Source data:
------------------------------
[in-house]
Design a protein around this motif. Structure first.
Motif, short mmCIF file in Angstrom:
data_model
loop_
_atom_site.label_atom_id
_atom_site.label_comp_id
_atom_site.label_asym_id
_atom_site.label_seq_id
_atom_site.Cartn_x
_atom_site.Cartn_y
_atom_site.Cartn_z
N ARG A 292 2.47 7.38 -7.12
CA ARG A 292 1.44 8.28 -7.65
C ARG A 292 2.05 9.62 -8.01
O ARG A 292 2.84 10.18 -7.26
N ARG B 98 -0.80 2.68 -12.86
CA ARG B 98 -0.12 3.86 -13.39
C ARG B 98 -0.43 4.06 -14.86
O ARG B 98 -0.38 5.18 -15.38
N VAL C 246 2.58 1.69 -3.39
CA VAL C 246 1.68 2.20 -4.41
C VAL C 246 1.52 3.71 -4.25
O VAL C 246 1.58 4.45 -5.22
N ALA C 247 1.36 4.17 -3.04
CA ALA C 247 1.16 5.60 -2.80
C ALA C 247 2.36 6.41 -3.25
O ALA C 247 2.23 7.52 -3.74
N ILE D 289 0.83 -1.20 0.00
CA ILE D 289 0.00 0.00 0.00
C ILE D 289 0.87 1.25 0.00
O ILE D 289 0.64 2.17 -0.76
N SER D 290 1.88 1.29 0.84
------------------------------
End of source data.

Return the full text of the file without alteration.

[in-house]
Design a protein around this motif. Structure first.
Motif, short mmCIF file in Angstrom:
data_model
loop_
_atom_site.label_atom_id
_atom_site.label_comp_id
_atom_site.label_asym_id
_atom_site.label_seq_id
_atom_site.Cartn_x
_atom_site.Cartn_y
_atom_site.Cartn_z
N ARG A 292 2.47 7.38 -7.12
CA ARG A 292 1.44 8.28 -7.65
C ARG A 292 2.05 9.62 -8.01
O ARG A 292 2.84 10.18 -7.26
N ARG B 98 -0.80 2.68 -12.86
CA ARG B 98 -0.12 3.86 -13.39
C ARG B 98 -0.43 4.06 -14.86
O ARG B 98 -0.38 5.18 -15.38
N VAL C 246 2.58 1.69 -3.39
CA VAL C 246 1.68 2.20 -4.41
C VAL C 246 1.52 3.71 -4.25
O VAL C 246 1.58 4.45 -5.22
N ALA C 247 1.36 4.17 -3.04
CA ALA C 247 1.16 5.60 -2.80
C ALA C 247 2.36 6.41 -3.25
O ALA C 247 2.23 7.52 -3.74
N ILE D 289 0.83 -1.20 0.00
CA ILE D 289 0.00 0.00 0.00
C ILE D 289 0.87 1.25 0.00
O ILE D 289 0.64 2.17 -0.76
N SER D 290 1.88 1.29 0.84